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Making the most out of stock plugins

If you are a producer or a mix engineer who moves within the closely knit community of musicians, you would definitely come across the notion that you will need expensive third party plug-ins and VSTs  to make a professional sounding mix. The truth is that we’ve all felt the pressure to jump on the “cracked plug-ins” bandwagon or to spend a good deal of money to “upgrade” to the latest plug-in which will automatically make your mix sound god-like. The real problem with that approach is that it shift your attention from truly understanding why your mix was bad in the first place.

This does not mean that your stock plug-ins are in any way better, but that without the lure of reaching for another plug-in to magically “fix” your subpar mix, you’d be forced to really focus on what the real issues are with the tracks in front of you and identify what is needed to take them to the next level. Contrary to popular opinion, stock plug-ins are extremely powerful and can sound great, if used efficiently. In fact, a set of stock plug-ins in the hands of an experienced engineer is more than sufficient to create a professional mix. It is tempting to think that your mixes could be significantly improved by spending a lot of money on new gear. However, this can be a very costly decision if you do not know how to use the tools at your disposal.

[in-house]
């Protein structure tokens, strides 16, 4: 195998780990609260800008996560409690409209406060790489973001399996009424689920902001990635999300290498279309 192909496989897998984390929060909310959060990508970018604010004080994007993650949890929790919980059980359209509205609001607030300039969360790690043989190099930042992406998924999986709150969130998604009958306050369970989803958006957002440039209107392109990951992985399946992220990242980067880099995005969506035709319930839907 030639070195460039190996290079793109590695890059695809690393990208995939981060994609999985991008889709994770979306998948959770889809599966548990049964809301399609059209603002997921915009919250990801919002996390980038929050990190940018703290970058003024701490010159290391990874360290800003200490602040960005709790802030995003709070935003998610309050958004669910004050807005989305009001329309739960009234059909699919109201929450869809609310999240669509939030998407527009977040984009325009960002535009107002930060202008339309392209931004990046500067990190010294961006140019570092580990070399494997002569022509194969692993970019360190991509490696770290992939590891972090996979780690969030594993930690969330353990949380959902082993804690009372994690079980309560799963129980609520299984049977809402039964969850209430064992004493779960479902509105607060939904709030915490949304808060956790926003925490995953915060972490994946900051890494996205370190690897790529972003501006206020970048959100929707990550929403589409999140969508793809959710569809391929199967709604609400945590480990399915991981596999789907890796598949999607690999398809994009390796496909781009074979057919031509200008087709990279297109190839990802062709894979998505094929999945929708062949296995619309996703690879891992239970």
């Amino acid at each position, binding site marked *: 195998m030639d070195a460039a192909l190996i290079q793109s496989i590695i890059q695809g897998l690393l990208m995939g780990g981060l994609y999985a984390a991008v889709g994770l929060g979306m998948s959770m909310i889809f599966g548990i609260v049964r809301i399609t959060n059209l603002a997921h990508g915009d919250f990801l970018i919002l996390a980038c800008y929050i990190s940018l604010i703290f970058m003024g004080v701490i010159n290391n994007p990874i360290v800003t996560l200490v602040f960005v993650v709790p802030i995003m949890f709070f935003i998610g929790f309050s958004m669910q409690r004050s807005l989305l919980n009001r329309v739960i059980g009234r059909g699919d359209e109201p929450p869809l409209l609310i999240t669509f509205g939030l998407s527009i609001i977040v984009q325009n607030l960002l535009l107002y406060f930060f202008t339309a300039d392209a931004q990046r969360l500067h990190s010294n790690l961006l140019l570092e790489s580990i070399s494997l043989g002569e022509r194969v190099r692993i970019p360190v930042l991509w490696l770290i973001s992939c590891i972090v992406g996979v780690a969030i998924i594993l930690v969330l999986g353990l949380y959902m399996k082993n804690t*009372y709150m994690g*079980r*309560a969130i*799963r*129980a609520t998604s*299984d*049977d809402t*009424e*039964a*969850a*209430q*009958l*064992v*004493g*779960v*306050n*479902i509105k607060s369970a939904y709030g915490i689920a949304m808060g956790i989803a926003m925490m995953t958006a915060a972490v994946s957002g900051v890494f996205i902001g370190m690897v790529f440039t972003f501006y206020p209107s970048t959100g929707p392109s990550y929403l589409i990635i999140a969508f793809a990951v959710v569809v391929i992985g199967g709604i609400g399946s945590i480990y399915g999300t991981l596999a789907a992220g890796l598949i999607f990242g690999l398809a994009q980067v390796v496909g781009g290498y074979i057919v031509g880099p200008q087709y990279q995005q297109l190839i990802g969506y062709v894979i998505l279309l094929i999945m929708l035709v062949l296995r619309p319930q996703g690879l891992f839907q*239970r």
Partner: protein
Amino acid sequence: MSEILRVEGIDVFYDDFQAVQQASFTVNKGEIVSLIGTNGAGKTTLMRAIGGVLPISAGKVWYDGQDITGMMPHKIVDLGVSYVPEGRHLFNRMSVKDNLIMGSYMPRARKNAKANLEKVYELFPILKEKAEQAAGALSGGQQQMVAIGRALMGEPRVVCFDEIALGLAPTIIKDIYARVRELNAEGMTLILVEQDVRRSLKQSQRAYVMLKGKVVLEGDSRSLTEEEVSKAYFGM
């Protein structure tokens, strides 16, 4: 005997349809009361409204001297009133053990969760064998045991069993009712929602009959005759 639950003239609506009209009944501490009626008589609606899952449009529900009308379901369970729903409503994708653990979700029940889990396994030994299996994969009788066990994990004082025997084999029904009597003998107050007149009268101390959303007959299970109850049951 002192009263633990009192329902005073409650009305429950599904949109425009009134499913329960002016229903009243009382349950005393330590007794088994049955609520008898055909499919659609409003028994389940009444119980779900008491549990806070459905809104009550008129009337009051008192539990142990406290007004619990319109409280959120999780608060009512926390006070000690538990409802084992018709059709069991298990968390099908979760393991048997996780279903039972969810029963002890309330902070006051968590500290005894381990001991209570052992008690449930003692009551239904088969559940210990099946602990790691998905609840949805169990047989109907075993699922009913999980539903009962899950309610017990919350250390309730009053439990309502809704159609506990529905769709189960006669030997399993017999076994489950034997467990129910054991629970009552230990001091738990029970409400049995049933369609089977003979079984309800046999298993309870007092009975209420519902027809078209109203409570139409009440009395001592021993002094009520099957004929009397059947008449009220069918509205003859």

Assuming that you’re trying to get the best possible results by using only stock plug-ins, here is a list of tools that are absolutely essential for you to achieve a professional, studio-level mix.

Gain Staging: This is probably the most crucial step that decides how your overall mix ends up sounding. Ensure that every individual track in your DAW has enough headroom (try to maintain the levels around -18 to -12dBFS). If the channel looks hot, load up a gain plug-in (“Gain”, “Pre-Gain”, “Trim”, “Utility” based on your DAW) in your first slot and lower the gain until you can see the channel is peaking at roughly -12dBFS. That’s it.

EQ: After volume balancing, it is important to know how to bring out the right frequencies in the right instruments or tracks to make your mix sit in the way that it is supposed to. EQing is an art that is best learnt through experience. Try to get a feel of what exactly you need to highlight, which instruments have frequencies that clash in the mix and things like high-passing, making shelf or bell cuts/boosts and understanding how the “Q” of an EQ works.

Compression: This is one tool that a lot of people find hard to understand. It is basically used to reduce the dynamic range between the loudest and quietest parts of the signal by attenuating and boosting them respectively. For example, when you hear a song where the singer whispers in certain parts and almost screams in others, yet they are both equally audible, this is how it’s done. Mastering the use of a compressor will give a great of flexibility while mixing. Other plug-ins such as gates can be very useful in attaining a tight, punchy drum sound. Effects such as reverb, delay come in handy while trying to get that rich, spacious sound.

While looking to invest in upgrading your studio as opposed to spending more on plug-ins, it would be wise to upgrade your front-end, that is spend money on what’s actually going to affect your recording, whether it be having different microphones for different tonal options,  picking up an affordable channel strip for some light EQ and compression on the way in or even acoustic treatment, can help in getting a better mix because they’d help in making your original raw tracks sound better in the first place.

This article was featured in the November 2017 issue:


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